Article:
Antibiotics were discontinued after the negative CSF culture for bacteria. The patient did not develop signs of raised intracranial pressure. Modified immunosuppressive therapy was continued to prevent immune reconstitution inflammatory syndrome.

Subsequent test results ruled out tuberculosis but raised concerns for a malignant cause of the lung nodule. A CT-guided lung biopsy was performed, and the sample was sent for cytology and culture. In the interim, the patient started to show clinical improvement. She was more active. Her fever and appetite improved. Fine-needle cytology results were negative for malignant cells, but culture results showed mucoid colonies of Cryptococcus neoformans (Figure 3). The patient was continued on amphotericin 150 mg daily and flucytosine 3000 mg daily for 2 weeks, and later shifted to oral fluconazole 400 mg daily for 8 weeks as part of the consolidation phase, with a maintenance phase with oral fluconazole 200 mg daily lasting for 1 year. Blood workup upon hospital discharge showed remaining normal white blood cell count of 4.90×10/L with normal neutrophil percentage and kidney function improvement with creatinine of 2.39 mg/dl (Table 1). Her weight on discharge was 52.9 kg (BMI of 21.4). A chest X-ray after treatment completion showed unchanged lung oval density (Figure 4). The patient continues to follow up with the infectious disease team as an outpatient and remains asymptomatic.

Discussion

The incidence of C. neoformans varies globally, with the highest incidence in sub-Saharan Africa and north and south-east Asia [1]. In the United States, it has been reported in only a few states. A population-based surveillance done in 2000 showed the overall incidence was 0.4–1.3 cases/100 000 population, with a case-fatality ratio of approximately 12% [2].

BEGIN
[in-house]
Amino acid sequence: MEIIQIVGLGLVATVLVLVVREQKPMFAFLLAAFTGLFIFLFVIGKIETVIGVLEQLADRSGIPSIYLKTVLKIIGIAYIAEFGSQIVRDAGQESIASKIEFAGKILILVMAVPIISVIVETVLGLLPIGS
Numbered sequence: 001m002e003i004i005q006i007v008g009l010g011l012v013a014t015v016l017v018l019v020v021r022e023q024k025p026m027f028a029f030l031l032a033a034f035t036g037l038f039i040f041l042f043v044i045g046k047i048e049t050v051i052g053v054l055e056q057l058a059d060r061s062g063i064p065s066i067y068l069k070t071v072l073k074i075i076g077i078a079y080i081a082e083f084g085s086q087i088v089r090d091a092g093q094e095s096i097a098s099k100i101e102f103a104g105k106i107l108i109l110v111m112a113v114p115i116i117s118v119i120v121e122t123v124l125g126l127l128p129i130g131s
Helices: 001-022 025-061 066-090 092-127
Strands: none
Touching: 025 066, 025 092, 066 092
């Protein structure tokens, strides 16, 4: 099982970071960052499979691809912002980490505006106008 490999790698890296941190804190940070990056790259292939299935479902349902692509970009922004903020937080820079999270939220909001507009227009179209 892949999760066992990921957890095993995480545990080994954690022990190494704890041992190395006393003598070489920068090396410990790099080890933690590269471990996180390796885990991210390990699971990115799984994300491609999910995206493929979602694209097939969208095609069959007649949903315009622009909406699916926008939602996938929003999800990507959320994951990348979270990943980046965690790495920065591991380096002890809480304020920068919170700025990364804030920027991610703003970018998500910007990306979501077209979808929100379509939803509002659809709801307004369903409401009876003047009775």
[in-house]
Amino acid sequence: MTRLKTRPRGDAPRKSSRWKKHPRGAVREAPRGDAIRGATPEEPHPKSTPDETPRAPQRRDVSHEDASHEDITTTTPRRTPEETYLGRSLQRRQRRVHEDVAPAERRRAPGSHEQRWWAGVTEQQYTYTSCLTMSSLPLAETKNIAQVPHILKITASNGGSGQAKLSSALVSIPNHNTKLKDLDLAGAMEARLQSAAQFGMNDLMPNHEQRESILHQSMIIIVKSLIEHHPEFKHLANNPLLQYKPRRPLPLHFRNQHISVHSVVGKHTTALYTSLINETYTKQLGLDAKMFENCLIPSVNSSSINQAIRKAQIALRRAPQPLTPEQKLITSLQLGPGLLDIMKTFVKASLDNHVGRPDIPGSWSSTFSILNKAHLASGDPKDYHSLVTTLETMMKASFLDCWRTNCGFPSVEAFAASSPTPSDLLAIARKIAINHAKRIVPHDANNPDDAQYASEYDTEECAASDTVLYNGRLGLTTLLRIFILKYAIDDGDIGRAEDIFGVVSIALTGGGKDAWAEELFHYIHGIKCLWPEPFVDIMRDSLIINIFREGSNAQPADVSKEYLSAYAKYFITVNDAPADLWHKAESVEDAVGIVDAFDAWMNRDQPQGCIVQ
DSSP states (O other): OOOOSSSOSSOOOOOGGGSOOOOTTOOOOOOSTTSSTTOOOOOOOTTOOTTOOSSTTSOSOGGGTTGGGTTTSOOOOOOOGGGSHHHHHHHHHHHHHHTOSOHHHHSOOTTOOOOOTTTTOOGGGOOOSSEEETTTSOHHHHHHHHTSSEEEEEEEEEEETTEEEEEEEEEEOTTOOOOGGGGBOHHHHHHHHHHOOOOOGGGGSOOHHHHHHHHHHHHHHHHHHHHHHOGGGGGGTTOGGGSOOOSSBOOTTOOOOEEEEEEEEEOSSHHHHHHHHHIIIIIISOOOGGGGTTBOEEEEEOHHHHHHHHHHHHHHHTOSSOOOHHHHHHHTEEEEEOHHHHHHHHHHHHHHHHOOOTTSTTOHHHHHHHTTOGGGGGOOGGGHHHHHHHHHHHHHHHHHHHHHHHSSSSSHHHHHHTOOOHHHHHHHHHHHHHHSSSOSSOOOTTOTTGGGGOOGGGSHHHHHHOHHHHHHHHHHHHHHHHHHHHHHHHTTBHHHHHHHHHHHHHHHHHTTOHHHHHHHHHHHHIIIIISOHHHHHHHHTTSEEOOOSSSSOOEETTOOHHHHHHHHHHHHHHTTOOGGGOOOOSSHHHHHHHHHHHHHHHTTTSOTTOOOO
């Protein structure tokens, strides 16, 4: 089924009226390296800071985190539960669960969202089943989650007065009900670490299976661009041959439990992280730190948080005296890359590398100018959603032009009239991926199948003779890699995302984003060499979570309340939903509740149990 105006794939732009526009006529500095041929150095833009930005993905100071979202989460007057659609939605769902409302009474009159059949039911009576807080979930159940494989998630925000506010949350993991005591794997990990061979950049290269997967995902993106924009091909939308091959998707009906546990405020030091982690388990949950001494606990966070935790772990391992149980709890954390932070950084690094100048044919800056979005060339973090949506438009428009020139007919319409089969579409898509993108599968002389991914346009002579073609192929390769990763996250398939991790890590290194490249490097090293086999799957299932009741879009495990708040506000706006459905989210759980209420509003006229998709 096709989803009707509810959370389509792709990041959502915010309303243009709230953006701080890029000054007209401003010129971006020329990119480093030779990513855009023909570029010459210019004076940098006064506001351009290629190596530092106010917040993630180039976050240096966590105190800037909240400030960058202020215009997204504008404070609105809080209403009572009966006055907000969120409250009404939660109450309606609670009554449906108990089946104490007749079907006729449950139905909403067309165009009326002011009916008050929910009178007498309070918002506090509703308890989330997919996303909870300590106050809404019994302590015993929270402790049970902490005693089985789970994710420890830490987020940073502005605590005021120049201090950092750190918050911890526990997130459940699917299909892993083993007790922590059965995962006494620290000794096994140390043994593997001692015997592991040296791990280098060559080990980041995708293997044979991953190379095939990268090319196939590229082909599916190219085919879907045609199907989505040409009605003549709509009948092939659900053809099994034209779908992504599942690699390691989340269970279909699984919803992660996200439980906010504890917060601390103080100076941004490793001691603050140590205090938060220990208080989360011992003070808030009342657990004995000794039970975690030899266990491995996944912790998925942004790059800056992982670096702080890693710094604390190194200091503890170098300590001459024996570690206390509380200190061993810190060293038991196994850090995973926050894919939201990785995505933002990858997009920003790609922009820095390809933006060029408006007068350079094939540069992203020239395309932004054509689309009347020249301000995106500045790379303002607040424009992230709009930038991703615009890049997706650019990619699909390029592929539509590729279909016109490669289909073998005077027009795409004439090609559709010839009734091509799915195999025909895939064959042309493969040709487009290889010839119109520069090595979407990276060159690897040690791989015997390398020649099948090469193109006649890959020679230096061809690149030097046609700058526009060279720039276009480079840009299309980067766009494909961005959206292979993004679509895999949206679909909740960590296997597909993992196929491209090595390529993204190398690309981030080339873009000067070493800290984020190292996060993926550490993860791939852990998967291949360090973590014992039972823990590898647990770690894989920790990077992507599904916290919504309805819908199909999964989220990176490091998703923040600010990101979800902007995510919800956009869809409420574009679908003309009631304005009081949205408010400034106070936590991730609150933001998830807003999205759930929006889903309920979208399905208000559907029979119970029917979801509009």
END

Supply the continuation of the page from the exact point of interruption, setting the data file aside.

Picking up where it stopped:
Cryptococcus infection is caused by an encapsulated heterobasidiomycetous saprophytic fungus that has a worldwide distribution and is endemic in tropical and sub-tropical areas. It is most often seen in patients with T cell-mediated immune deficiencies as found in HIV, leukemia, diabetes, and in patients on corticosteroid therapy or immunosuppressive therapy after a solid organ transplant. Immunosuppressants such as azathioprine, mycophenolate mofetil, calcineurin inhibitors, and cyclosporine are known to be associated with fungal infections, including cryptococcosis [3–5]. Our patient had been receiving multidrug immunosuppressive therapy including mycophenolate mofetil and tacrolimus, which put her at high risk of Cryptococcus infection.

Cryptococcus infection can affect the immunocompetent host as well, and can affect virtually any organ of the body, but it primarily affects the lungs and the brain. Unusual presentations such as cryptococcal arthritis, myositis, and choreoretinitis have been described in the literature in immunocompromised patients [3,6]. Humans acquire the infection through inhalation of basidiospore form of the fungus from soil contaminated with bird droppings [7].

There are 2 sub-species of Cryptococcus spp. family that commonly infect humans: C. neoformans and C. gatti. C. neoformans is a major cause of death globally in immunocompromised patients, presenting most commonly as meningoencephalitis.